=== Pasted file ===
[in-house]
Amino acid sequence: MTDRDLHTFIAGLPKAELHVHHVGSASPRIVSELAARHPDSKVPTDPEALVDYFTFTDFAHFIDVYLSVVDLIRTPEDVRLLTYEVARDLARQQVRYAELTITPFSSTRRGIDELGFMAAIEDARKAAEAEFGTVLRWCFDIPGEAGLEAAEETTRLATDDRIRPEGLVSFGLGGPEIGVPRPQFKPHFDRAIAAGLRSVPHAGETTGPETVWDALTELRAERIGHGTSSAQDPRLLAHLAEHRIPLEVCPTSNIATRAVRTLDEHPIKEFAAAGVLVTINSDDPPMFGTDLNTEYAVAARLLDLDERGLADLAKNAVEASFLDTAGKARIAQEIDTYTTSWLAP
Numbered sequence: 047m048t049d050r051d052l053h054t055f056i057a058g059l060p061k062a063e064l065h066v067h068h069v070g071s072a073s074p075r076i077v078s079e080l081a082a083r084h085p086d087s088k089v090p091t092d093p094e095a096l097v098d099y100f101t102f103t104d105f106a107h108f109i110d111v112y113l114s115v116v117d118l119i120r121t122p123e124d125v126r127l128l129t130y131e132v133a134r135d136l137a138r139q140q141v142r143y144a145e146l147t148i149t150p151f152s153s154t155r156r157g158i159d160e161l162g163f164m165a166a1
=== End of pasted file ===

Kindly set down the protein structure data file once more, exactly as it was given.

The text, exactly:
[in-house]
Amino acid sequence: MTDRDLHTFIAGLPKAELHVHHVGSASPRIVSELAARHPDSKVPTDPEALVDYFTFTDFAHFIDVYLSVVDLIRTPEDVRLLTYEVARDLARQQVRYAELTITPFSSTRRGIDELGFMAAIEDARKAAEAEFGTVLRWCFDIPGEAGLEAAEETTRLATDDRIRPEGLVSFGLGGPEIGVPRPQFKPHFDRAIAAGLRSVPHAGETTGPETVWDALTELRAERIGHGTSSAQDPRLLAHLAEHRIPLEVCPTSNIATRAVRTLDEHPIKEFAAAGVLVTINSDDPPMFGTDLNTEYAVAARLLDLDERGLADLAKNAVEASFLDTAGKARIAQEIDTYTTSWLAP
Numbered sequence: 047m048t049d050r051d052l053h054t055f056i057a058g059l060p061k062a063e064l065h066v067h068h069v070g071s072a073s074p075r076i077v078s079e080l081a082a083r084h085p086d087s088k089v090p091t092d093p094e095a096l097v098d099y100f101t102f103t104d105f106a107h108f109i110d111v112y113l114s115v116v117d118l119i120r121t122p123e124d125v126r127l128l129t130y131e132v133a134r135d136l137a138r139q140q141v142r143y144a145e146l147t148i149t150p151f152s153s154t155r156r157g158i159d160e161l162g163f164m165a166a1